A few months ago, I decided I would try building a desk. I needed one so that I could work from home some days, and I had a specific style in mind. I wanted a leaning ladder desk, which encompass a minimalist style that doesn’t take up too much room. Perfect for me, as I don’t have a lot of extra room for a desk, what wasn’t so perfect, however, was the price. I found the perfect desk at West Elm, but it would cost me about $400 with shipping, and as a poor, recent graduate, I do not have that extra cash at my disposal.
Being the crafty, and perhaps a bit cocky, person that I am, I decided I could make it. As leaning ladder desks are indeed minimalist and not made of many parts, it turned out that I could make it, and I did. Using Ana White’s plans for a leaning ladder desk, it only took me two weekends to finish it, and a lot of the time was waiting for the stain to dry. Of course, this project wasn’t easy, and the desk didn’t turn out perfectly, but it turned out. It stands, it holds everything I need it to, it hasn’t collapsed (so far), and it looks beautiful.
Once finished, my DIY inflated ego decided to take on another project: a chair for the desk. Simple enough, right? I started searching for the best place for a young, college graduate to find furniture to furnish her apartment, Craigslist, for chairs that had the right frame for what I was planning. After searching for a chair that would match my desk with no results, I was determined to find one that would work. I ended up with a tall chair completely covered in ugly blue and white fabric. It was obviously an older chair, at least a couple decades old, but underneath the fabric was solid wood, and that was all I needed.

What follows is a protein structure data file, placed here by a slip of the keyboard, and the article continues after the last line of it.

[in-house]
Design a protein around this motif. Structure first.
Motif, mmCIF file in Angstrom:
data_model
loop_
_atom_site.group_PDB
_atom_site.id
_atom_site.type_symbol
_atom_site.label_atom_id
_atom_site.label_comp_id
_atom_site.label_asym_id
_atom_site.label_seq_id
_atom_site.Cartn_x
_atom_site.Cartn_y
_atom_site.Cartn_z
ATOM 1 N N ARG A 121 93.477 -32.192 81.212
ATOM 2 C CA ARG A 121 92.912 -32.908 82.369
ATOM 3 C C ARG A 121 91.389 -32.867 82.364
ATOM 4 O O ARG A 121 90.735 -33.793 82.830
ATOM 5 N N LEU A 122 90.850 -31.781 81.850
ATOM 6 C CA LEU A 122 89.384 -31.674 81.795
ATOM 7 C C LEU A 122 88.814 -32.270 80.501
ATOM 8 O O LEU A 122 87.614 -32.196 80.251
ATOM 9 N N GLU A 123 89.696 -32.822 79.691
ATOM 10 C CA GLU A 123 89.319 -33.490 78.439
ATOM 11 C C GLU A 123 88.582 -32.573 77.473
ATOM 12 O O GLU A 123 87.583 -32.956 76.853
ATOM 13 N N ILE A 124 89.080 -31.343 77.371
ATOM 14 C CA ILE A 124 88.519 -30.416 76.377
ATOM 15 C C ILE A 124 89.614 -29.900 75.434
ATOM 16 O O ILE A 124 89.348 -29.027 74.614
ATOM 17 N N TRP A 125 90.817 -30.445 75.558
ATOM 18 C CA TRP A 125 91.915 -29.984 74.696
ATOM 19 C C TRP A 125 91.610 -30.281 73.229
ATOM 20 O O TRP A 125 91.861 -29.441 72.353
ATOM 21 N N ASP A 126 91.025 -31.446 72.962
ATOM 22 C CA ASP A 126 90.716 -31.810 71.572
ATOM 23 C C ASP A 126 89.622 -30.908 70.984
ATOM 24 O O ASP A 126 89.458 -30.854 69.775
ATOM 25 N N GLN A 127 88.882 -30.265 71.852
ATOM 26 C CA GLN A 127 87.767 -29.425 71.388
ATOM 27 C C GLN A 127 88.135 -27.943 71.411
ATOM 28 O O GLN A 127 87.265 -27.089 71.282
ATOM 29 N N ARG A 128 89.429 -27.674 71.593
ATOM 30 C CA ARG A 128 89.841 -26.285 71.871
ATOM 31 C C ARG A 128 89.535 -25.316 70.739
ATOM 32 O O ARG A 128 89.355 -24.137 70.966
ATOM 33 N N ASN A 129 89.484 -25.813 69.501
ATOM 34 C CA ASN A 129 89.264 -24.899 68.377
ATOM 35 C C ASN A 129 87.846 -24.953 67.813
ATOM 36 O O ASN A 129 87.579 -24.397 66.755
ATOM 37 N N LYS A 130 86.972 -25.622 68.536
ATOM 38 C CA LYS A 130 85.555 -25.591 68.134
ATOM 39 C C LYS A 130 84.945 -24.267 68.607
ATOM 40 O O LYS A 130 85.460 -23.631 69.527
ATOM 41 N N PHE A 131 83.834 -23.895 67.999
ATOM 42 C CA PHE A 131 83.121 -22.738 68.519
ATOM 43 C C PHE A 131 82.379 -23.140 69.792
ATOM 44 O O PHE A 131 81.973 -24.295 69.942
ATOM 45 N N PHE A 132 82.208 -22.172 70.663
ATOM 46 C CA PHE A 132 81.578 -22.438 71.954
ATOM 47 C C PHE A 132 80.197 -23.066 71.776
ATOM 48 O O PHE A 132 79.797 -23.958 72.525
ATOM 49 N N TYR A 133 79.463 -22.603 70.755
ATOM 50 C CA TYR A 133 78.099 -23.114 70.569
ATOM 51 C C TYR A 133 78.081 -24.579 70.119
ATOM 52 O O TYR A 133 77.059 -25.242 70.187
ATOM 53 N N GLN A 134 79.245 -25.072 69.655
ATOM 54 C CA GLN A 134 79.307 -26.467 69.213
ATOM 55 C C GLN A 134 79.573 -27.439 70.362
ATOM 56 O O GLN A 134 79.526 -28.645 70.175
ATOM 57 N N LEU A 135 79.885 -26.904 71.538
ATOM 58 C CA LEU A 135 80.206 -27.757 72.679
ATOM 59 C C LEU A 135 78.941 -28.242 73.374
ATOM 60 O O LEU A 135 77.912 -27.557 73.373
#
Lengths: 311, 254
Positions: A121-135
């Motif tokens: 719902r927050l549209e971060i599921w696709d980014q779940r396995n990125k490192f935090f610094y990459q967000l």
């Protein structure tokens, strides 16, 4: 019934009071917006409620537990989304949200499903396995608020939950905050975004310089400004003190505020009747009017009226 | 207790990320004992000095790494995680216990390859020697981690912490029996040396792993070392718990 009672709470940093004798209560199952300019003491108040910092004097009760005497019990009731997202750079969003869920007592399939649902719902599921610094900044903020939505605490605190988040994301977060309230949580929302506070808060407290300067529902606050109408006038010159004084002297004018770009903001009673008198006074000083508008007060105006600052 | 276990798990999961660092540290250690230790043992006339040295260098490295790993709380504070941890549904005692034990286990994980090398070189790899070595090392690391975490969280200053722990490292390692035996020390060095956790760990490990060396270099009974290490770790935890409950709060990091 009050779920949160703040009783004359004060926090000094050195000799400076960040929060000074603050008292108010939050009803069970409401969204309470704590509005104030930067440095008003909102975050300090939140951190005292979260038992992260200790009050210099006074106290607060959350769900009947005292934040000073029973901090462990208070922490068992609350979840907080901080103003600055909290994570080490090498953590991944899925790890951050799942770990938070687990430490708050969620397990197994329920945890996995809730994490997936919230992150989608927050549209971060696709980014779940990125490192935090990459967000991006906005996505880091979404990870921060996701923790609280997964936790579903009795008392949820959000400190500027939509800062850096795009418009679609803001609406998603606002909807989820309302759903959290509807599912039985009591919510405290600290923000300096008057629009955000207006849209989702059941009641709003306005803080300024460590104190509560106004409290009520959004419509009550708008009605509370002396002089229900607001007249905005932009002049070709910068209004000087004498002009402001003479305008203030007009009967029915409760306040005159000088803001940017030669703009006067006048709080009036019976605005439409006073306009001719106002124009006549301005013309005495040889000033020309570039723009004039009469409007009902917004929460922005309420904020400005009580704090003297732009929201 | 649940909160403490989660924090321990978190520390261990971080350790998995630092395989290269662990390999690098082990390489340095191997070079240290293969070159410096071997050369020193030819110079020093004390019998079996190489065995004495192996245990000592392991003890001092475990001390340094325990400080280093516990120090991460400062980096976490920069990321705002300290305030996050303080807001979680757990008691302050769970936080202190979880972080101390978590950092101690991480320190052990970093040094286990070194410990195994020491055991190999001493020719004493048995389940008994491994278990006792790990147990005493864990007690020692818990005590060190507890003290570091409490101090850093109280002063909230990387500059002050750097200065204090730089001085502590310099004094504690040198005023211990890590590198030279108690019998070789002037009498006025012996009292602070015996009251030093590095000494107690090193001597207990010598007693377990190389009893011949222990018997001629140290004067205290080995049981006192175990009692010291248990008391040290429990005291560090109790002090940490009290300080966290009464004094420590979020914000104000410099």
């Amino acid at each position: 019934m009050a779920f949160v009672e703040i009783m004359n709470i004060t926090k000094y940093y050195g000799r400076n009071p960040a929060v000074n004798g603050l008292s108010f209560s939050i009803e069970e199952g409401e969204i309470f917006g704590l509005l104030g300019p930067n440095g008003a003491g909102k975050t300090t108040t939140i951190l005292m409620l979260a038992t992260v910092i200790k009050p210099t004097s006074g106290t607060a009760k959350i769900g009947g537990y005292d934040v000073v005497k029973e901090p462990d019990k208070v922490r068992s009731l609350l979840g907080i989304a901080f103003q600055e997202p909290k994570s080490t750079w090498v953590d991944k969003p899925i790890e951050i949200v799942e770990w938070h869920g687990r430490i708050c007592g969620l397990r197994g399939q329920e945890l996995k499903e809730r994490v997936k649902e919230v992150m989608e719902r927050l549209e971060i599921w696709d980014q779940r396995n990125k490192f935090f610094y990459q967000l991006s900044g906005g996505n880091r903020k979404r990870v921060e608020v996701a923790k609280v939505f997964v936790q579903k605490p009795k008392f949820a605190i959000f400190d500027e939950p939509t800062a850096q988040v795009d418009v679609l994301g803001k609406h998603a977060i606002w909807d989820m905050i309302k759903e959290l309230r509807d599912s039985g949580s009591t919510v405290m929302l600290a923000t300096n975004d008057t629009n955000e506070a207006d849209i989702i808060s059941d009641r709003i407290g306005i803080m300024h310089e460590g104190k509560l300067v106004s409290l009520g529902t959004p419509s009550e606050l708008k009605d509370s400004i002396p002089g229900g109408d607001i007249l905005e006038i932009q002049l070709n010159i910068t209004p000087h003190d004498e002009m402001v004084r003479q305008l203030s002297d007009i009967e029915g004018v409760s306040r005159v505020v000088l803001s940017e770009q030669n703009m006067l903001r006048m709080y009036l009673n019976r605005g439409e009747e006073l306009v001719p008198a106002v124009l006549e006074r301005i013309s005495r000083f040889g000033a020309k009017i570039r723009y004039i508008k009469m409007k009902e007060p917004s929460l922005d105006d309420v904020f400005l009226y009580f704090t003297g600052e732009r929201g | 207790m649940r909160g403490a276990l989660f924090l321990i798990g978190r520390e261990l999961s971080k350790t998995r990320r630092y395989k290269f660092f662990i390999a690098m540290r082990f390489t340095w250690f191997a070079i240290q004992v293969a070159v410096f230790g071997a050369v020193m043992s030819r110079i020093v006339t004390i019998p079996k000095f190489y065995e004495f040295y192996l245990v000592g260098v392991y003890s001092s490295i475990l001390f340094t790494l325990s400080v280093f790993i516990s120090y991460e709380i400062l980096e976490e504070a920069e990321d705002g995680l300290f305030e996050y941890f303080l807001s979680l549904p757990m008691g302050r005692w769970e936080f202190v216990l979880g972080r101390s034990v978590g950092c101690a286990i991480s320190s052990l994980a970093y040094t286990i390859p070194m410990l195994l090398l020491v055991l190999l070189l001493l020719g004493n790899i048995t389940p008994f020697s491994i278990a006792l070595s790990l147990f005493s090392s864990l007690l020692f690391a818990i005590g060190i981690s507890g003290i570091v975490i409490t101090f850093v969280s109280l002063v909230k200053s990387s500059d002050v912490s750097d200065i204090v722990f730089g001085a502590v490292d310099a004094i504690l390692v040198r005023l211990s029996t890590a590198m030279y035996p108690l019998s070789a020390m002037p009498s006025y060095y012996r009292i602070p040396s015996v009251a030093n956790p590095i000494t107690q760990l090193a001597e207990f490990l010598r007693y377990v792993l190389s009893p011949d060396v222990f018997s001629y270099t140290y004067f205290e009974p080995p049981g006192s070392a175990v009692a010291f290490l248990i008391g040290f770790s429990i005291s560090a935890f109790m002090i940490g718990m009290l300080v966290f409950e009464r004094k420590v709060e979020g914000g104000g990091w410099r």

I thought taking the fabric off the chair, sanding and staining it, and adding new fabric to it would be an easy task. I thought it would take me half the time, or less, it took me to complete the desk — after all, the desk I had built from scratch, and the chair was already built. I could not have been more wrong. Giving this chair a makeover was the most difficult DIY project I’ve ever undertaken, and it took me months to complete, in part because I wasn’t sure what I was doing, and in part because it was seriously hard.
Staples, Staples, Staples